Syrah is a funny thing. Plant this grape in a hot, arid climate and you can create a wine with polished, corded tannins running over each other like the triceps of a character in a Sarah J Maas romance novel. Those wines are flashy and delicious and impressive, but if Syrah is planted in a colder site, exposed to cold winds in Crozes Hermitage and picked before the grapes have soaked up too much sunshine, the result is a buoyant, elegant, wine that combines earthy savor with brisk acidity and fruit. Marc Romak and Marlène Durand have been making this fresher sort of Syrah in the northern Rhone since 2009. With a constant eye on freshness and organic farming practices, they make this simple Vin de France in stainless steel tanks. The result is a masterclass on Syrah’s earthy palette. Aromas of black raspberry, tobacco, smoky soil and bacon fat – to be honest it smells a lot like an Italian beef sandwich. The palate shows plenty of ripe cherry and blackcurrant, dried herbs, iron and tar streaked earth. The body is substantial but lively, and a note of orange bitters blooms on the finish. This is a wine for burgers, corn, and other things off the grill.
There is nothing remarkable at first when you drive up to Chateau Flotis. You can hear the A62 freeway a few hundred yards away, the autoroute de deux mers from Bordeaux to Toulouse. The building is tucked between nondescript looking vineyards and oak forests, and it looks a little worse for wear. Inside, however, winemaker Cathy Ribas makes a stunning black wine of noble origin, a wine with roots that go back to Roman times. Fronton, found between the Tarn and Garonne rivers just north of Toulouse, was first planted to vines by Roman soldiers. At some point, the Negrette grape became the signature vine of the area, and Fronton built a strong but very local reputation in Toulouse for soulful, deep purple wine. Poor, stony soils and a gentle dose of elevation (600 ft above sea level) make Flotis’ vineyard ideal for bringing out Negrette’s intensity. On the nose, we get blackberry, blackcurrant, deep red rose and violet. Fresh turned potting soil after a rain. Black pepper and smoke from a burnt orange peel. The palate offers more of the same sharp black fruit, tarry earth, pepper and nutmeg whispering on the finish. Fronton’s coat of arms features a duck. We suspect that’s a centuries old food pairing suggestion.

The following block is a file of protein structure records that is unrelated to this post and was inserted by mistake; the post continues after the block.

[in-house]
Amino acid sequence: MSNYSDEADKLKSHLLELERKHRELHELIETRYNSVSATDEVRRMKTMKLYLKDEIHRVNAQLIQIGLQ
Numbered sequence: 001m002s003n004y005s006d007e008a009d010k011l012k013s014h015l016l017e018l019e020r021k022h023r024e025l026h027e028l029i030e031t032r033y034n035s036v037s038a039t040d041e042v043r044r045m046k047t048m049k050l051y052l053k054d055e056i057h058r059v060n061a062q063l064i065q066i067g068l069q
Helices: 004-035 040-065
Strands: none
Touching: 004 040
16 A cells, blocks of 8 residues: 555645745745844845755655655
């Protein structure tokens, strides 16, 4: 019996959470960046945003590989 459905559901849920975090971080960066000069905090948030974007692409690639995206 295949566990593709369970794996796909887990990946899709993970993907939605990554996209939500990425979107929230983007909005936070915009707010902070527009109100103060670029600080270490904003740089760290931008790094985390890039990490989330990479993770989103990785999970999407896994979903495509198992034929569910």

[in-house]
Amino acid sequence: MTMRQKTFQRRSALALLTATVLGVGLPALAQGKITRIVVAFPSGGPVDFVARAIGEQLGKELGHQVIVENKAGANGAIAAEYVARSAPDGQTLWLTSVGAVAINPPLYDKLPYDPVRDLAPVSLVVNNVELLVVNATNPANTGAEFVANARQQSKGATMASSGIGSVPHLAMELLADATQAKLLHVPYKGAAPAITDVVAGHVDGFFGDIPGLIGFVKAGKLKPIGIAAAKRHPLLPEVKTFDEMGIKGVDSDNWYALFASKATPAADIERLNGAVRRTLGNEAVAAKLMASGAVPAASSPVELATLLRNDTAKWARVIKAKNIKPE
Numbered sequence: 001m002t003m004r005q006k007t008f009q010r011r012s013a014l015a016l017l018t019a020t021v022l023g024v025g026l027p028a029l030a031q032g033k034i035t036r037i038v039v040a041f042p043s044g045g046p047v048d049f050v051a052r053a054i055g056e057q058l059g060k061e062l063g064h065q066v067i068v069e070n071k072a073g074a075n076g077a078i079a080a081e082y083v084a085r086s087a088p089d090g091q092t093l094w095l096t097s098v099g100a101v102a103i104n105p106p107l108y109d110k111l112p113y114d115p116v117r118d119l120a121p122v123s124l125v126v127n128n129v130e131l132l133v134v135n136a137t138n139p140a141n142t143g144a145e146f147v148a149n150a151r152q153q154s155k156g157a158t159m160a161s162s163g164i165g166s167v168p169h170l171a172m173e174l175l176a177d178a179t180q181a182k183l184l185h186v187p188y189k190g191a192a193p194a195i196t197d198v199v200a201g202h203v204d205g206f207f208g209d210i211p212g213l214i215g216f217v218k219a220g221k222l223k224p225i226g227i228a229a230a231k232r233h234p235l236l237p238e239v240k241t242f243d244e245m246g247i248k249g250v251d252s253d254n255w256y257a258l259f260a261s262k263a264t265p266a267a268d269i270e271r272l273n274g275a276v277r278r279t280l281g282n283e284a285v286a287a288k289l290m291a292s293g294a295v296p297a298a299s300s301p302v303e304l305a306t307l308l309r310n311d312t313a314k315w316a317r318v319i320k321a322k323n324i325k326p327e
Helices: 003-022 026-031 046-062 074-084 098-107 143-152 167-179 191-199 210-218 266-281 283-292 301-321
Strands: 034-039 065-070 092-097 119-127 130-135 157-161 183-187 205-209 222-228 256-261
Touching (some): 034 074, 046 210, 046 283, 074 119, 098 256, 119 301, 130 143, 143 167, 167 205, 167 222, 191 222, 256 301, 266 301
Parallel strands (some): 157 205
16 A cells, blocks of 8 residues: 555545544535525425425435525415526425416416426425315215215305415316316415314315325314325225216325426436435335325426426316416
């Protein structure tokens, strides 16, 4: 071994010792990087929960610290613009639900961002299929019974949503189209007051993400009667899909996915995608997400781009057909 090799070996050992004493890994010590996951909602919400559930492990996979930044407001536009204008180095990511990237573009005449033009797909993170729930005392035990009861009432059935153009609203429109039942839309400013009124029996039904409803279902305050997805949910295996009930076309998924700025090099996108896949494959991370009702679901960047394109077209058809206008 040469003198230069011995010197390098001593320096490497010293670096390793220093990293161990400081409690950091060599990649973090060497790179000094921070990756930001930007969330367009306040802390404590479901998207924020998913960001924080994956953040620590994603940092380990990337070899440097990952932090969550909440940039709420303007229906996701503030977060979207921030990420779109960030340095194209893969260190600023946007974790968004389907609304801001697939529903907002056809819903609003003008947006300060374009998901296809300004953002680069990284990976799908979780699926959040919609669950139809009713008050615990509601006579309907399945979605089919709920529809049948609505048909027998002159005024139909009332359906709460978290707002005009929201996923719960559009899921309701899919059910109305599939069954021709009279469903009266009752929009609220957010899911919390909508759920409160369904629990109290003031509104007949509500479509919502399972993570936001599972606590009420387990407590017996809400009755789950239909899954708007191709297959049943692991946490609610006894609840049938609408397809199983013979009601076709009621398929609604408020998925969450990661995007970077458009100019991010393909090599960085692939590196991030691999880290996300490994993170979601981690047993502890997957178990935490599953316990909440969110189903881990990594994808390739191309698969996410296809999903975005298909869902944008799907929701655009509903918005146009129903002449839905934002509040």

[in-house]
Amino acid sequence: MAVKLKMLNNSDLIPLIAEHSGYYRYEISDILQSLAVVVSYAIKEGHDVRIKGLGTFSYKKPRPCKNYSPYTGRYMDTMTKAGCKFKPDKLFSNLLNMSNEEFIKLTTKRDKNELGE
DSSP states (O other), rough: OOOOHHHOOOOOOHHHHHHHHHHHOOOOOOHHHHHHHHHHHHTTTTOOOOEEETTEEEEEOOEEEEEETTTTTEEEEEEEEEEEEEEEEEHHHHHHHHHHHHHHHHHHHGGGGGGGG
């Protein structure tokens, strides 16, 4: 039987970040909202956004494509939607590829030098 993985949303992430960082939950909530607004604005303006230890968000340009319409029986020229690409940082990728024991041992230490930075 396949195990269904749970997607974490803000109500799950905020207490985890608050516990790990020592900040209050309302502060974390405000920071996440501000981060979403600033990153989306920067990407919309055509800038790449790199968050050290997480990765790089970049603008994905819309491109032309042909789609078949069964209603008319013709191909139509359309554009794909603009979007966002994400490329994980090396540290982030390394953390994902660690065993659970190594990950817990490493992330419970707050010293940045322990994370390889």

Any time you have the chance to feature a wine made from a grape no one has ever heard of from a place no one has ever heard of that happens to be spectacular, you’ve got to do it! Cascina Melognis Pelaverga is from the southwestern alpine foothills of Piedmont near the city of Saluzzo. Here, the imposing peak of Revello dominates the landscape and the glacial stream of the Po River runs out of the hills and carves out a small valley peppered with fruit orchards and the occasional vineyard. The appellation was founded in part to preserve the local Pelaverga variety, and Cascina Melognis was founded by Michele Fino and his wife Vanina Maria Carta with the same goal. We want to encourage them to continue their efforts, because this wine is worth it! The aroma of this wine is passion fruit caught as it falls ripe from the tree, strawberries that glisten with morning dew, oregano and sage picked from an Italian grandmother’s backyard garden and blood orange so rich there might be real blood in it (or at least a note of iron rich clay). Pure mana on the palate, bursting with fresh berries and chalk and white pepper, with delicate texture and ebullient acidity that sings like a songbird. Pair with Alpine cheeses on a sunny day.
If you have a plate of fresh oysters with a classic mignonette, reach for the Simon Neau Gros Plant. If you’ve got a Caprese salad or bruschetta spread ready, pull the Simon Neau Gros Plant out of the cupboard. If you’ve found a way to use all your zucchini, grab a glass of Simon Neau Gros Plant to wash it all down. If you’re having hot dogs and tzatziki and it’s too hot to drink red wine, pull the Simon Neau Gros Plant out of the fridge. This lemony, salty, exuberantly acidic wine has been the every-day thirst quencher of the Pays Nantais for centuries that the folks of France’s Atlantic coast drink while their Muscadet ages properly. This latest version by Nantais icon Gilbert Chon is 100% Folle Blanche (Gros Plant’s official name) from the family estate, and the wine is aged Sur Lie to add a little extra textural richness. The flavor profile is classic Gros Plant; salt, pithy lemon, yellow grapefruit, grapefruit zest, apple and ginger aromas lead into a light, pleasantly tart and bouncy palate of white nectarine, more lemon, and peach pit, which finishes with a burst of crisp fruit and salt.
Sixteen years after achieving biodynamic certification, Fernando Paiva’s Quinta da Palmirinha is still one of only a handful of wineries in Portugal to qualify. That he farms in the famously wet and mild Vinho Verde region makes it all the more impressive. He actually takes it a step further, substituting chestnut blossoms – a natural antioxidant – for sulfites. In a region dedicated to large scale cookie cutter farming, Palmirinha’s vineyards have rows of basil and mâche between vines. Shoots are tied to training wires with palm leaves grown on the estate. With all this intense focus on details and thoughtful farming, is it any wonder that the resulting wine is at once delicious and unlike any other Vinho Verde we’ve ever had? The aromas alone set this wine in a class of one: candied lemon peel, gardenia, almond blossom, turkish delight, allspice, white vermouth botanicals from thyme and mint to lemon balm and marjoram, with just a dash of salt. The palate comes like a sharp wave of apple and cara cara orange, waxy pear, and incense smoke. The finish bursts with lemons, granitic minerality, and brine. A great match for clam or scallop dishes, but this wine is simply stunning all on its own.